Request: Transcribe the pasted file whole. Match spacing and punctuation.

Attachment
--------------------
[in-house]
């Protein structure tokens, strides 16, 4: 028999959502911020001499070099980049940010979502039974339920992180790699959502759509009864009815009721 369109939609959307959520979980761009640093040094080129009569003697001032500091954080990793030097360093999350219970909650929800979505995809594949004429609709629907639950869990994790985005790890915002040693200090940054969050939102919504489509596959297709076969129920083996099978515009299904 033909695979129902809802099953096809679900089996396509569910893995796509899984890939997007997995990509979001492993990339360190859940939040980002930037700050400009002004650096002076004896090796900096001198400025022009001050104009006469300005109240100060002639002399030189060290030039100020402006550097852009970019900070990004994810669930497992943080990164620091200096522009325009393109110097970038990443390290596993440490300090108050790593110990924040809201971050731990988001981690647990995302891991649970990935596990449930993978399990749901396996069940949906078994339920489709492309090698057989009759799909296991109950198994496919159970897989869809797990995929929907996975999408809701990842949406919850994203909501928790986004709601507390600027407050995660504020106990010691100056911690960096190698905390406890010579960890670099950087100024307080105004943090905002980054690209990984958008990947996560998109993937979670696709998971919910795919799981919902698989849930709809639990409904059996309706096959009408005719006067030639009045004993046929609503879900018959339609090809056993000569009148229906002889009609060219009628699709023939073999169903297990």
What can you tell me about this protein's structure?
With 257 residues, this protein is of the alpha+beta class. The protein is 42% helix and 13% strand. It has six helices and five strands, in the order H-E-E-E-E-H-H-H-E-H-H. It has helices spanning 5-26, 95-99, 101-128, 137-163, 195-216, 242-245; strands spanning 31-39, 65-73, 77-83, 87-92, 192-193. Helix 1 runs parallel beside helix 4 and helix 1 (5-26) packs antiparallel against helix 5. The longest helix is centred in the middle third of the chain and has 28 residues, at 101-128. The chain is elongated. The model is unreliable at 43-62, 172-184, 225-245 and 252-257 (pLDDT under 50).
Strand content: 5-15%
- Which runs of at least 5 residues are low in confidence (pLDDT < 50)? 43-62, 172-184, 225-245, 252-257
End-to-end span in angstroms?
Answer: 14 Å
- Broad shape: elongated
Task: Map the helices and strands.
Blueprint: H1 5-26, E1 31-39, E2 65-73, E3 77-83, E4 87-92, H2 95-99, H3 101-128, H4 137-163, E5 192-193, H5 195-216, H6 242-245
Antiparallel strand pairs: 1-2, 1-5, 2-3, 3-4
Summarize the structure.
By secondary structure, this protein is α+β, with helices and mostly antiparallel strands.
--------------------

[in-house]
């Protein structure tokens, strides 16, 4: 028999959502911020001499070099980049940010979502039974339920992180790699959502759509009864009815009721 369109939609959307959520979980761009640093040094080129009569003697001032500091954080990793030097360093999350219970909650929800979505995809594949004429609709629907639950869990994790985005790890915002040693200090940054969050939102919504489509596959297709076969129920083996099978515009299904 033909695979129902809802099953096809679900089996396509569910893995796509899984890939997007997995990509979001492993990339360190859940939040980002930037700050400009002004650096002076004896090796900096001198400025022009001050104009006469300005109240100060002639002399030189060290030039100020402006550097852009970019900070990004994810669930497992943080990164620091200096522009325009393109110097970038990443390290596993440490300090108050790593110990924040809201971050731990988001981690647990995302891991649970990935596990449930993978399990749901396996069940949906078994339920489709492309090698057989009759799909296991109950198994496919159970897989869809797990995929929907996975999408809701990842949406919850994203909501928790986004709601507390600027407050995660504020106990010691100056911690960096190698905390406890010579960890670099950087100024307080105004943090905002980054690209990984958008990947996560998109993937979670696709998971919910795919799981919902698989849930709809639990409904059996309706096959009408005719006067030639009045004993046929609503879900018959339609090809056993000569009148229906002889009609060219009628699709023939073999169903297990």
What can you tell me about this protein's structure?
With 257 residues, this protein is of the alpha+beta class. The protein is 42% helix and 13% strand. It has six helices and five strands, in the order H-E-E-E-E-H-H-H-E-H-H. It has helices spanning 5-26, 95-99, 101-128, 137-163, 195-216, 242-245; strands spanning 31-39, 65-73, 77-83, 87-92, 192-193. Helix 1 runs parallel beside helix 4 and helix 1 (5-26) packs antiparallel against helix 5. The longest helix is centred in the middle third of the chain and has 28 residues, at 101-128. The chain is elongated. The model is unreliable at 43-62, 172-184, 225-245 and 252-257 (pLDDT under 50).
Strand content: 5-15%
- Which runs of at least 5 residues are low in confidence (pLDDT < 50)? 43-62, 172-184, 225-245, 252-257
End-to-end span in angstroms?
Answer: 14 Å
- Broad shape: elongated
Task: Map the helices and strands.
Blueprint: H1 5-26, E1 31-39, E2 65-73, E3 77-83, E4 87-92, H2 95-99, H3 101-128, H4 137-163, E5 192-193, H5 195-216, H6 242-245
Antiparallel strand pairs: 1-2, 1-5, 2-3, 3-4
Summarize the structure.
By secondary structure, this protein is α+β, with helices and mostly antiparallel strands.